China defends how it handled the rocket falling to Earth

WENCHANG, CHINA - APRIL 29: A Long March-5B Y2 rocket carrying the core module of China's space station, Tianhe, blasts off from the Wenchang Spacecraft Launch Site on April 29, 2021 in Wenchang, Hainan Province of China. (Photo by VCG/VCG via Getty

China’s government defended its handling of a rocket booster that burned up over the Indian Ocean and said Monday it was unfairly being held to different standards than the U.S. and other space programs.

The administrator of the American space agency and others accused Beijing of acting recklessly by allowing its rocket to fall to Earth seemingly uncontrolled Sunday after carrying a space station into orbit.

The Chinese space agency said most of the 30-meter (100-foot) -long main stage of the Long March 5B rocket burned up above the Maldives.

"China has been closely tracking its trajectory and issued statements on the re-entry situation in advance," Foreign Ministry spokesperson Hua Chunying said. "There has been no report of harm on the ground. China also shares the results of re-entry predictions through international cooperation mechanisms."

The rocket carried the main section of the Tianhe, or Heavenly Harmony, space station into orbit on April 29. China plans 10 more launches to complete construction of the station.

Booster rockets usually fall back to Earth soon after takeoff. China’s space agency hasn’t said why the Long March was sent temporarily into orbit.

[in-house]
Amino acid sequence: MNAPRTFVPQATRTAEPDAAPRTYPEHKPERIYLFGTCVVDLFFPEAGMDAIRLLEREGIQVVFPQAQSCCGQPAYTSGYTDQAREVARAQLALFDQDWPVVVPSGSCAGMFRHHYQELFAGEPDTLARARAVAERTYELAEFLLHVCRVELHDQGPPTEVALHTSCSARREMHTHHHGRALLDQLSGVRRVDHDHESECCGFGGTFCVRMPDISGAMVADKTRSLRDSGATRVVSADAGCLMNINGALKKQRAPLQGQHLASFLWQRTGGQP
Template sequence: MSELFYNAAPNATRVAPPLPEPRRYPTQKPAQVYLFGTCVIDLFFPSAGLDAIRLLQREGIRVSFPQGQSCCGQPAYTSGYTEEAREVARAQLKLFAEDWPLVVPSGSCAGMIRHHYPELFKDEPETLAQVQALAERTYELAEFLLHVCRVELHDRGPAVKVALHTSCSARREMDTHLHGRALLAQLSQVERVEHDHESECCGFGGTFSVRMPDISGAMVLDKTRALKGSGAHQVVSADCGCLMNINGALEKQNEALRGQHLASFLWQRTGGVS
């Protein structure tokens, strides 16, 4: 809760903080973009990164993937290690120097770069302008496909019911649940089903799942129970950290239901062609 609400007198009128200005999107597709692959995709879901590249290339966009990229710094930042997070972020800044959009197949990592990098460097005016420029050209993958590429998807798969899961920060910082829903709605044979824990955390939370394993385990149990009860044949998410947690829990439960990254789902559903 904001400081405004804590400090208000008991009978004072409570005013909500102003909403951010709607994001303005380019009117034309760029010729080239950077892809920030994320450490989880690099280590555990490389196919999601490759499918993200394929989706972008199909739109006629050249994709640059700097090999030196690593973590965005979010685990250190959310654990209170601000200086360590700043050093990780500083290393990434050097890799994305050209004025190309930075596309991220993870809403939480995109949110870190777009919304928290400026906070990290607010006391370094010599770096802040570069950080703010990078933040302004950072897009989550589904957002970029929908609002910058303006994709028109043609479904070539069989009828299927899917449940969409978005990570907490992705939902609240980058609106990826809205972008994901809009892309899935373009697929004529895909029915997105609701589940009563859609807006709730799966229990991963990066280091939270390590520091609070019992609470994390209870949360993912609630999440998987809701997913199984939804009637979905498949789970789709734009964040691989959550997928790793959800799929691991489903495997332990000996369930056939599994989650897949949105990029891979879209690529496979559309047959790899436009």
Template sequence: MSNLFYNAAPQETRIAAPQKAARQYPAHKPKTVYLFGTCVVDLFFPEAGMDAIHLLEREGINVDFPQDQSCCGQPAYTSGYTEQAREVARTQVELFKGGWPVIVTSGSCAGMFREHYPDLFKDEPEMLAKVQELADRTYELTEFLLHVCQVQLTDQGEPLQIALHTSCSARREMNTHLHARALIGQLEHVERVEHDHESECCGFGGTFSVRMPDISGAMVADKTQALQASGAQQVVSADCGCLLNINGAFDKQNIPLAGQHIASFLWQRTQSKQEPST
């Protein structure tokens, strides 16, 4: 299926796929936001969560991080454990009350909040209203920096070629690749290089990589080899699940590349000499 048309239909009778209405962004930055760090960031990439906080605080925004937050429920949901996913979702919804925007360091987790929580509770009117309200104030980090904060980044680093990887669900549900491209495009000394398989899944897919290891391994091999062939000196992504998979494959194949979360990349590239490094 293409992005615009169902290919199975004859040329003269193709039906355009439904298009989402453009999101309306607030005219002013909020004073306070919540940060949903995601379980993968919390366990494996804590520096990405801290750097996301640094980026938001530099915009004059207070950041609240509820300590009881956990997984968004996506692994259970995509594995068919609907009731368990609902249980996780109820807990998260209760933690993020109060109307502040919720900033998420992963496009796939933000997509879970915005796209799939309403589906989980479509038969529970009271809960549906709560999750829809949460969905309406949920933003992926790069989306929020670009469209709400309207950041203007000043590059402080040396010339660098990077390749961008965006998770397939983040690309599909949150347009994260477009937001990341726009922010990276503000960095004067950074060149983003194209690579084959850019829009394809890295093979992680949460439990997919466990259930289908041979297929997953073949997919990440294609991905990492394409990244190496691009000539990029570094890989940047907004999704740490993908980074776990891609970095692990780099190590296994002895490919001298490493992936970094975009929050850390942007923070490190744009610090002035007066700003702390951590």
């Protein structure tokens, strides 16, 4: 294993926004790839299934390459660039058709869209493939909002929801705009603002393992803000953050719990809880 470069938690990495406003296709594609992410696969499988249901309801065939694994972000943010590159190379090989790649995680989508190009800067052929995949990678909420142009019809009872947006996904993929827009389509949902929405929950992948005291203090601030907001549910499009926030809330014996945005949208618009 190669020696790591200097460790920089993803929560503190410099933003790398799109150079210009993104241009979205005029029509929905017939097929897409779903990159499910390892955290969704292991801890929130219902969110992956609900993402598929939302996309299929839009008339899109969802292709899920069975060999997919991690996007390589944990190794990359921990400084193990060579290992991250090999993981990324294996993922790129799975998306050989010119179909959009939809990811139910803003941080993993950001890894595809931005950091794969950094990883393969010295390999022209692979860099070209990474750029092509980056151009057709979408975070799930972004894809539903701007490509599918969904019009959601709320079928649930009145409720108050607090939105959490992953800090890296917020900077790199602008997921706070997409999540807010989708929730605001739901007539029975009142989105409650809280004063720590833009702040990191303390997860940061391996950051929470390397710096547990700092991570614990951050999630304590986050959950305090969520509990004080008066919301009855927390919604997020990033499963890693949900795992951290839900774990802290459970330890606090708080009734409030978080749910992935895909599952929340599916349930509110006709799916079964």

RELATED: China says most rocket debris burned up before crashing into Indian Ocean

NASA Administrator Bill Nelson accused China in a statement of "failing to meet responsible standards" in handling space debris.

Hua, the Chinese spokesperson, complained that Beijing was being treated unfairly. She pointed to the reaction to debris from a rocket launched by U.S. aerospace company SpaceX that fell to Earth in Washington and on the Oregon coast in March.

"American media used romantic rhetoric like ‘shooting stars lighting up the night sky,’" she said. "But when it comes to the Chinese side, it’s a completely different approach."

"We are willing to work with other countries including the United States to strengthen cooperation in the use of outer space, but we also oppose double standards on this issue," Hua said.